In a Heartbeat


When Amy saw the plight of those homeless babies, she cried. Then she went into action.
(This information is provided by residents and staff members of the family shelter in Salt Lake City, Utah.)
Giving with your heart feels good. Giving with your hands builds resources. Giving with your mind makes sense. But giving with all of yourself makes a difference. (From a homeless shelter brochure.)

In a Heartbeat

“If I can make life a little easier for someone, I’ll do it in a heartbeat,” Amy Gardner says, with a big smile. And that’s exactly what she did for some homeless children in Salt Lake City, Utah.

Amy, who was 16 at the time, went with her Mutual group, from the Holladay Tenth Ward of the Salt Lake Holladay Stake, to feed homeless families at the local family shelter. “I heard there was a baby in by the main desk,” Amy says. “I love babies so I went to see. When baby Heather was placed in my arms, tears came to my eyes. She was the most beautiful baby I had ever seen.” Amy spent the rest of the evening feeding and cuddling Heather.

Amy later learned about Heather’s background: her mother was in the Salt Lake County jail, and her father, who was from out of state, was waiting for his wife to make parole. Most of the time Heather was dressed only in a diaper and was hungry, not only for food but for love, too.

“When I got home and told my mom (Lindy Gardner) about Heather, I broke down and cried,” Amy says. “We went that night to the store and purchased a few items and put together a diaper bag for the baby.”

Amy continues, “The next day I went back to the shelter hoping I would find Heather. When I did, she was crying. We couldn’t comfort her. Then one of the ladies that works at the shelter asked Heather’s father if she could be hungry. His response was, ‘She’s had two bottles of water today.’”

The workers at the shelter gave Heather’s father a box of formula and other items to help him take care of his baby daughter. But Amy left heartbroken. “I was a wreck,” Amy says. “I cried all the way home.” Through all the tears and anguish, however, Amy was working on a plan to put together diaper bags for other homeless babies. So, “in a heartbeat,” she launched her plan.

That Sunday, Amy talked in her ward Relief Society about her experience and asked for help. “The response was tremendous!” Amy exclaims. “I even got calls from other stakes.” Amy also contacted a local hospital that donated most of the diaper bags. She sent out fliers in her neighborhood. And she talked to her child development teacher at Skyline High School, who offered extra credit to any student who brought in items.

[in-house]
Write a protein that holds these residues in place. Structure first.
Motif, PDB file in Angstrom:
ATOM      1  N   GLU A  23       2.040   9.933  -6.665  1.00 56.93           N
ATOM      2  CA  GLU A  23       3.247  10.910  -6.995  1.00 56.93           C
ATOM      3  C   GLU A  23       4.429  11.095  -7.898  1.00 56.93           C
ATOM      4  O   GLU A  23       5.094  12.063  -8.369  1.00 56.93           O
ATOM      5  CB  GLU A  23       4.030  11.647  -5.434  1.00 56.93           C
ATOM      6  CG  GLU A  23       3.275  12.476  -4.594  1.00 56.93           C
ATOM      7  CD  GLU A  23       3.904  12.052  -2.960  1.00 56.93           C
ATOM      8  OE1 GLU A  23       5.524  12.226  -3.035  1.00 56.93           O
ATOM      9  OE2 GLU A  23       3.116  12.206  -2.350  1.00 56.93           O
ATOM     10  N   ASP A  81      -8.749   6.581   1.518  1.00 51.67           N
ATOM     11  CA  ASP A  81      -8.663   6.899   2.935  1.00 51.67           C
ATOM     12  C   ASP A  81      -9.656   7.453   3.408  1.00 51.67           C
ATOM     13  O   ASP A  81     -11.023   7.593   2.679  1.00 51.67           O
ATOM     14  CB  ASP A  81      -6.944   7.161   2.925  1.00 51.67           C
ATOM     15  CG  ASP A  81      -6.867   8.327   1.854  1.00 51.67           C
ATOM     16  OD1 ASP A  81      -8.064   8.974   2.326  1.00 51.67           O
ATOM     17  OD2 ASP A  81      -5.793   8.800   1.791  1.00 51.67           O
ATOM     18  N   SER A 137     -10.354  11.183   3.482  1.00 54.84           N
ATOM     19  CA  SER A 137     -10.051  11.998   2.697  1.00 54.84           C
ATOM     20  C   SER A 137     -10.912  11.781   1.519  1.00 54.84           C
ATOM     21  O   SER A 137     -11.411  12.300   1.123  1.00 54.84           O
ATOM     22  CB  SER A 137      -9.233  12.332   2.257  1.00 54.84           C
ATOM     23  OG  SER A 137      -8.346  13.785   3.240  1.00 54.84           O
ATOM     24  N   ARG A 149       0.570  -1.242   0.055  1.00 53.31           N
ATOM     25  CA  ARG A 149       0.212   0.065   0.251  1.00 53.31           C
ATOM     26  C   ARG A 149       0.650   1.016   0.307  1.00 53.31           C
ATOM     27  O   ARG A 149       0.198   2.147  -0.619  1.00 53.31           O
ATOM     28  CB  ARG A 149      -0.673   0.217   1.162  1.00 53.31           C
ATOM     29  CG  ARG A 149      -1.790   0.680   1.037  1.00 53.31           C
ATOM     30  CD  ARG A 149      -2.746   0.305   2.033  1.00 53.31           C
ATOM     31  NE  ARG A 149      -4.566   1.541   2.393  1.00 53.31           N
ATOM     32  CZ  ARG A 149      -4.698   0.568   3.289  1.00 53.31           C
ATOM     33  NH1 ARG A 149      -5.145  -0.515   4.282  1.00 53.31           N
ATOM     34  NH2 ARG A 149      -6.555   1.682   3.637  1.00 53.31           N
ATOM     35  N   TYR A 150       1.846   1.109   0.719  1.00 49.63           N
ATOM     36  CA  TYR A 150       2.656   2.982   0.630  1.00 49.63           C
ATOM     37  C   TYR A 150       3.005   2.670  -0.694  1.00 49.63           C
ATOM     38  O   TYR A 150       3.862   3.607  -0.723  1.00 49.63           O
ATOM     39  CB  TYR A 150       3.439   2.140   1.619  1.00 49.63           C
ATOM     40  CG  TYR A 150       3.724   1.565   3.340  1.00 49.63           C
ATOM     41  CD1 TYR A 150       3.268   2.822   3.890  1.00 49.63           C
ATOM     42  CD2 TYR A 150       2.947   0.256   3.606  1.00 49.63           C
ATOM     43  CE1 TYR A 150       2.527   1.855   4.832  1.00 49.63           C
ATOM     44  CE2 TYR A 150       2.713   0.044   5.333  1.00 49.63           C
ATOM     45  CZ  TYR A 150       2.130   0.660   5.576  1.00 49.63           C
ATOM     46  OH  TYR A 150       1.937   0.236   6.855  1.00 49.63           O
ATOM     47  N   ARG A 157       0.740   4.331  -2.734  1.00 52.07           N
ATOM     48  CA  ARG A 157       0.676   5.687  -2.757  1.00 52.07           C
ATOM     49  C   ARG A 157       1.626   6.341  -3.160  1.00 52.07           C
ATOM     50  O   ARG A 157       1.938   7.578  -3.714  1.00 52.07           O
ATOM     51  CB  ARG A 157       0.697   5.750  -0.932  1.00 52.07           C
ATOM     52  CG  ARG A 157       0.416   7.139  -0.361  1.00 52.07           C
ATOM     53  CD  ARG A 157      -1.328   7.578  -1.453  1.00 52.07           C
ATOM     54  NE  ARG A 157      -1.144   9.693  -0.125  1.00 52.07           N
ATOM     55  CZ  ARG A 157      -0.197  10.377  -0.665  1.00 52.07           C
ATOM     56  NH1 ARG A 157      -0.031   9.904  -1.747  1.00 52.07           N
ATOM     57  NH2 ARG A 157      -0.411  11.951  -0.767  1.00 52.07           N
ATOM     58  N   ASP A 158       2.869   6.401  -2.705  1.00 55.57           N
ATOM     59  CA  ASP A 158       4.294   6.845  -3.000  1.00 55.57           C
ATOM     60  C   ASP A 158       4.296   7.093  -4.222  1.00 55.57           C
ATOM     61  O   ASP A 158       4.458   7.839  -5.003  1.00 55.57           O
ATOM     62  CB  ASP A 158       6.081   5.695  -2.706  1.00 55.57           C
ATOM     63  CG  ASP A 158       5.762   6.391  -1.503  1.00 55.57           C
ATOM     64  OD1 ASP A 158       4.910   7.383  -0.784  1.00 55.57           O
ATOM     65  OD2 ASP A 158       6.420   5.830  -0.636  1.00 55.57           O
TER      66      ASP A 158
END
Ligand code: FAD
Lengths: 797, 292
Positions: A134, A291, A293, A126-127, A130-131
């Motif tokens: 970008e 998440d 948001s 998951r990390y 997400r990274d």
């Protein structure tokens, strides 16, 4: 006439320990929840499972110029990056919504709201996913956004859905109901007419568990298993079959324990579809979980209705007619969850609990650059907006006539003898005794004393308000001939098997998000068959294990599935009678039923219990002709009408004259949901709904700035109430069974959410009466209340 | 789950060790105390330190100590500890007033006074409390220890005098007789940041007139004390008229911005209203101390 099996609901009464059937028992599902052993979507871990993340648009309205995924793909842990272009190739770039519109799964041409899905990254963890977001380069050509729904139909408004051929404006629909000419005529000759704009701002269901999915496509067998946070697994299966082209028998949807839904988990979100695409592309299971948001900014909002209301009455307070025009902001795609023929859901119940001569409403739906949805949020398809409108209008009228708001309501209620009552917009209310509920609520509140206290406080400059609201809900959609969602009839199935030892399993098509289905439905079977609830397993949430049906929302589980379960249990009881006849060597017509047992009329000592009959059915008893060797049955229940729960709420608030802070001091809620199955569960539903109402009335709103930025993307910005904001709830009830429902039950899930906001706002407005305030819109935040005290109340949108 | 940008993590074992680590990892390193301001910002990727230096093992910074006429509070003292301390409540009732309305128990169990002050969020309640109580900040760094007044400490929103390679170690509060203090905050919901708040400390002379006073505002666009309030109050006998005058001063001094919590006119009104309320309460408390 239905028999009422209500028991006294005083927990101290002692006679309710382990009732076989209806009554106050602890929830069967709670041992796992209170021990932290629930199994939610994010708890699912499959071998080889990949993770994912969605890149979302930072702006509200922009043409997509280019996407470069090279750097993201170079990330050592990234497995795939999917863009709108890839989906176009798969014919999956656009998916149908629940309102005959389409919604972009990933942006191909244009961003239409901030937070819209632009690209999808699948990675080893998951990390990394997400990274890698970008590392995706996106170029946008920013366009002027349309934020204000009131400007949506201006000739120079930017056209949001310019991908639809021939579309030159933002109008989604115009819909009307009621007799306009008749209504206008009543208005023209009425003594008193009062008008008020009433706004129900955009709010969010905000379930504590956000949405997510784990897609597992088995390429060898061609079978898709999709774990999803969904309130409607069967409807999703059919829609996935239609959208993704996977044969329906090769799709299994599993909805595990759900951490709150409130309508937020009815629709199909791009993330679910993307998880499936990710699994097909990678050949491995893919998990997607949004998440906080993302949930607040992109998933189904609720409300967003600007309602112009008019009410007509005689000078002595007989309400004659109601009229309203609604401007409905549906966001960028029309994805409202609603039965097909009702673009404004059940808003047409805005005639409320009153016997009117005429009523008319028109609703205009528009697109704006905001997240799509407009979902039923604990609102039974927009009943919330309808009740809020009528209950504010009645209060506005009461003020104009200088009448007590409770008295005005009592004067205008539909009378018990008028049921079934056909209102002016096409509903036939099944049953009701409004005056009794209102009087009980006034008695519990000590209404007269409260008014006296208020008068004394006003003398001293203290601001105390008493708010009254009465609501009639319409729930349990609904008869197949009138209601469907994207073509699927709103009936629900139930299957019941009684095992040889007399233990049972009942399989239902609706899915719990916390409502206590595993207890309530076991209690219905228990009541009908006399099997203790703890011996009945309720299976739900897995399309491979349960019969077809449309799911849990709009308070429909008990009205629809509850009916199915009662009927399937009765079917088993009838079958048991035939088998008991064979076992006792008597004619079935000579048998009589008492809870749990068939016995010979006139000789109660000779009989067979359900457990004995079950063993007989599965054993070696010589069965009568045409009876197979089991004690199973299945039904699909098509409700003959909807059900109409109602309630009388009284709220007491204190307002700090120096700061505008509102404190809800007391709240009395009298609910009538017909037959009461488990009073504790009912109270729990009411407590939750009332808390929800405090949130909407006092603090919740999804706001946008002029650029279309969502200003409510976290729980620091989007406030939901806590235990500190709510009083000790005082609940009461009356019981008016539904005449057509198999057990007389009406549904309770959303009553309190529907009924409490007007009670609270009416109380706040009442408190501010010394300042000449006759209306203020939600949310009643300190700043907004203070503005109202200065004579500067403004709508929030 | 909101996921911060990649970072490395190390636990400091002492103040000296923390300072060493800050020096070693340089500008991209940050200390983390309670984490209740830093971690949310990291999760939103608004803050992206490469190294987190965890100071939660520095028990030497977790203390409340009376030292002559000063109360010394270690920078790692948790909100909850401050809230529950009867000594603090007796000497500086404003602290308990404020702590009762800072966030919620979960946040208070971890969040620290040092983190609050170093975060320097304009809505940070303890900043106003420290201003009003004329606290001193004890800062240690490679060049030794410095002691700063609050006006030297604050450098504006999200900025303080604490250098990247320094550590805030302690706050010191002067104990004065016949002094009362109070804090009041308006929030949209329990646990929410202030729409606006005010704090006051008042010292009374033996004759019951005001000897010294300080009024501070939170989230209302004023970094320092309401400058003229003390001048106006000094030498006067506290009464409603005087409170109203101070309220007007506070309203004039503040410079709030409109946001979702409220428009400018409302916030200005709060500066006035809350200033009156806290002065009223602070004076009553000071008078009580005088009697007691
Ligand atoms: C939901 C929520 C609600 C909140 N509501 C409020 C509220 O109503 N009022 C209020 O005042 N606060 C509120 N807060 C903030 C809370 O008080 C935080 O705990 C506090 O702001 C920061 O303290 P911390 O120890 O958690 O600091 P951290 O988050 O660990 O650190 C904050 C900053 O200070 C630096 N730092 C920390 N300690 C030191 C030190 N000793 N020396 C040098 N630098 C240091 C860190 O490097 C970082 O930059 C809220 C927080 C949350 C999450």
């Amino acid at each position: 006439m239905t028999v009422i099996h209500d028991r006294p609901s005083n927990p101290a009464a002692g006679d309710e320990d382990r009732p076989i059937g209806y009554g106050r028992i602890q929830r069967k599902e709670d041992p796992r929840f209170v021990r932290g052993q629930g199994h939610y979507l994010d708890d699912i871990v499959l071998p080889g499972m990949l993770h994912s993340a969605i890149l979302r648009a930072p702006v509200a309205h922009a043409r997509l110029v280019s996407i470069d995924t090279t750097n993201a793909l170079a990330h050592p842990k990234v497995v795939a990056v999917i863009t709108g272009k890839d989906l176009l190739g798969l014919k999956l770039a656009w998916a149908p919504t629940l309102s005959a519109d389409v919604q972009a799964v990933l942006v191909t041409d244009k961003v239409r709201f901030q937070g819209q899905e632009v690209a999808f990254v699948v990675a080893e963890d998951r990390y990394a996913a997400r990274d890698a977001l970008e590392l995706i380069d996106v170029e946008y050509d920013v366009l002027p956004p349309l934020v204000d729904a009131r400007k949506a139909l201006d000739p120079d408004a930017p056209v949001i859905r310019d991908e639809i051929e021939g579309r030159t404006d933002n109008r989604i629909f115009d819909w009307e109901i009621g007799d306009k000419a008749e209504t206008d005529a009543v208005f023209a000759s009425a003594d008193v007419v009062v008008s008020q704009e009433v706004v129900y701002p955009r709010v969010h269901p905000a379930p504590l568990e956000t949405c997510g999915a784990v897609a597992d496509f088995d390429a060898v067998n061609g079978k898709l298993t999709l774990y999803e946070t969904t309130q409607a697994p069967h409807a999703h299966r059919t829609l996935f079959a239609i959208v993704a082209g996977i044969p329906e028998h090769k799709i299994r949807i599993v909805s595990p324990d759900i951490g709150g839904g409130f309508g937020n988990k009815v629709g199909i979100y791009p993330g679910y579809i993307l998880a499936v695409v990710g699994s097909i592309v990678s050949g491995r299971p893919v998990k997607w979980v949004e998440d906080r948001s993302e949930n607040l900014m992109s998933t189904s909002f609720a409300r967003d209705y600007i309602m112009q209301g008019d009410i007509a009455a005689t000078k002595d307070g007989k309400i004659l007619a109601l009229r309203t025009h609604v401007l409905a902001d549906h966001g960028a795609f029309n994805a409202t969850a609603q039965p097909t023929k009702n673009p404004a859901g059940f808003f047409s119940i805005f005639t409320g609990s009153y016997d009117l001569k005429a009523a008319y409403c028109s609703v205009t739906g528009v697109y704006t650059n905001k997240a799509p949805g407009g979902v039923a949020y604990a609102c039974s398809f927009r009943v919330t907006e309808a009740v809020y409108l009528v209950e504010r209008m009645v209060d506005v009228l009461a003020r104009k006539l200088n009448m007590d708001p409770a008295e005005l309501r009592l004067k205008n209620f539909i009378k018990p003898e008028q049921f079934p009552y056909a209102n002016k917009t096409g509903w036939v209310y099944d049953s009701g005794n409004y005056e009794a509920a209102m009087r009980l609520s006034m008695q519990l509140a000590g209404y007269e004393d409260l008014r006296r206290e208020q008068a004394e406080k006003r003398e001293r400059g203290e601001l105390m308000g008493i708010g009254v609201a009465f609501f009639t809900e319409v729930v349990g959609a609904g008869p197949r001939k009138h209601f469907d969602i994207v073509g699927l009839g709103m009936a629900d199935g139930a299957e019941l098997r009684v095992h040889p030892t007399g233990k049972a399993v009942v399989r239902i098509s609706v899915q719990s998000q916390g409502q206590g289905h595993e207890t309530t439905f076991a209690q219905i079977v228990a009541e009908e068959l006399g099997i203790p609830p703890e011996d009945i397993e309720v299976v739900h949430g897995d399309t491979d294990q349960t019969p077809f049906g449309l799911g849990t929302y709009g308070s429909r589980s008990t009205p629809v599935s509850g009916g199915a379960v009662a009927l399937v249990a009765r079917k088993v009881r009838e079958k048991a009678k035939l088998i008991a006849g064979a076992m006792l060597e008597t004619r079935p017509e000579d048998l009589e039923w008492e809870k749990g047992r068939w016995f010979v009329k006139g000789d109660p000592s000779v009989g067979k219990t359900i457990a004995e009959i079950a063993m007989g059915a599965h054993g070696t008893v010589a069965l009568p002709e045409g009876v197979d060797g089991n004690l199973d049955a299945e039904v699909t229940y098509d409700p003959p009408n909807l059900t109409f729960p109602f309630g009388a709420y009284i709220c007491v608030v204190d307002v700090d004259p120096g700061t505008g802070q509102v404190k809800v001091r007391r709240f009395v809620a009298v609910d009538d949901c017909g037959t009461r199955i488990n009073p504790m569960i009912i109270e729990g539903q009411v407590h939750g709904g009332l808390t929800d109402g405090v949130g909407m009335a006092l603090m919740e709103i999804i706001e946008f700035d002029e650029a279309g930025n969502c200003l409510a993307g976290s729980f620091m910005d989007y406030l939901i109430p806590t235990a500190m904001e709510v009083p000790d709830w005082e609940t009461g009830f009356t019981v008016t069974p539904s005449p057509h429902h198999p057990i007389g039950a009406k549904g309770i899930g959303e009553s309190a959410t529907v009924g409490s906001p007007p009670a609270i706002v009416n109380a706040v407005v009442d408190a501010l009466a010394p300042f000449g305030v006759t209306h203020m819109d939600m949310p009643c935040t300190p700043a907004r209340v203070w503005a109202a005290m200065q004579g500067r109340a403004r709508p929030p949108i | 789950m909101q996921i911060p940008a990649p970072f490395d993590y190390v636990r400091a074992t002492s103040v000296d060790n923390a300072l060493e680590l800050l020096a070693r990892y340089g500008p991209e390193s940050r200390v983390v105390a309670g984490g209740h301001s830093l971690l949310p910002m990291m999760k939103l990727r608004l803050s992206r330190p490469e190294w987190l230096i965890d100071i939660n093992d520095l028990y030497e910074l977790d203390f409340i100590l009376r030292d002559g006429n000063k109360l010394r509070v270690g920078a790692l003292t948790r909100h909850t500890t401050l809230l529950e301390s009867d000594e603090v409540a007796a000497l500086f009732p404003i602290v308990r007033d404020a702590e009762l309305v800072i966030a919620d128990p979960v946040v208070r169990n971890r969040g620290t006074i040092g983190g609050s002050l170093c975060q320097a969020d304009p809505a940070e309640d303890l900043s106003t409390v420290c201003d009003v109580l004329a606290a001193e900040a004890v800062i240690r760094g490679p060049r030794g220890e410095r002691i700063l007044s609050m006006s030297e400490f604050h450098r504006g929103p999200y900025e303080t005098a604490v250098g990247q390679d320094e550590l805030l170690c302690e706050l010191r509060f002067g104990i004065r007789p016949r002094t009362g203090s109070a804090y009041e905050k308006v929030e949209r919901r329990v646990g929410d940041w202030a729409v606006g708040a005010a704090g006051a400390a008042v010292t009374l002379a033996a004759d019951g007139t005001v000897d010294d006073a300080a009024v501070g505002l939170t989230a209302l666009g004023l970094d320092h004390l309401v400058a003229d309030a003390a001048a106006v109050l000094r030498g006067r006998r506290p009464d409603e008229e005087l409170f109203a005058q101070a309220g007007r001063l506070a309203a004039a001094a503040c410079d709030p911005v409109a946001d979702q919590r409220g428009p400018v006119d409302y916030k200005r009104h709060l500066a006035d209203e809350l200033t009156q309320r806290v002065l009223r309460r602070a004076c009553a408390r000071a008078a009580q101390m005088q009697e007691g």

Donations began to flood the Gardner home. Amy turned her missionary brother’s temporarily empty bedroom into a warehouse. “I had a shelf or a section of the room for each item, like in a department store,” Amy says. There were new bottles, pacifiers, formula, bibs, shoes, clothing, baby food, lotion, shampoo, toys, and wipes. She also washed all used clothing and blankets and sanitized the toys that came in.

By the end of the week she had filled 16 diaper bags so full she had to sit on them to get them closed. Amy says, “Besides the diaper bags we had three large plastic bags of clothes, one bag of blankets, and two boxes of toys. I even had cash left over to purchase board games and toys for the older children.”

Susan Anderson, the manager of the Family Shelter in Salt Lake City, says, “I’ll always remember Amy. I saw in her an example of so many young people in the Church who have been taught to love one another. We’re not sure what kind of heart we have until it is tested. When Amy’s heart was tested, she responded with everything she has been taught by her family and the Church.”

Amy’s attitude about helping others is capsulized in this comment: “When you think about it, we all have a lot of time. It’s what we do with our time that counts. True, I did spend every free minute for two weeks on the diaper bag project, but if you think of all the time I have, this was only a tiny pinch of it. And it was more than worth it when you see that it made a difference in a little child’s life.”

How You Can Help

Help for the homeless is needed all year round. You can involve your family, school group, or suggest to your YW–YM leaders the following ways to help:

  • Organize a drive for gloves, mittens, woolen caps, and coats during the winter months.

  • Organize a fund-raiser for milk, or children’s socks and underwear, or toys.

  • Raise funds to buy bus tokens and donate them to one of the shelters.

  • Organize and serve a meal at one of the shelters.

  • During summer months, donate fresh garden produce.

After talking with some of the residents at a family shelter, we came up with the following list of the most needed items.

  • Bottles and bottle brushes

  • Teething rings, oral gel, and pacifiers

  • Soft bristle hair brushes

  • Spoons with rubber tips

  • Socks and underwear (new)

  • Hair brushes

  • Clothing

  • Work gloves

  • Pants (sizes 30–40s)

  • Socks and underwear (new)

  • Sheets (twin to king size)

  • Ice chests

  • First-aid supplies such as Band Aids

  • Cleaning supplies, paper towels, etc.

  • Personal hygiene items

[photos] Photography by Welden Andersen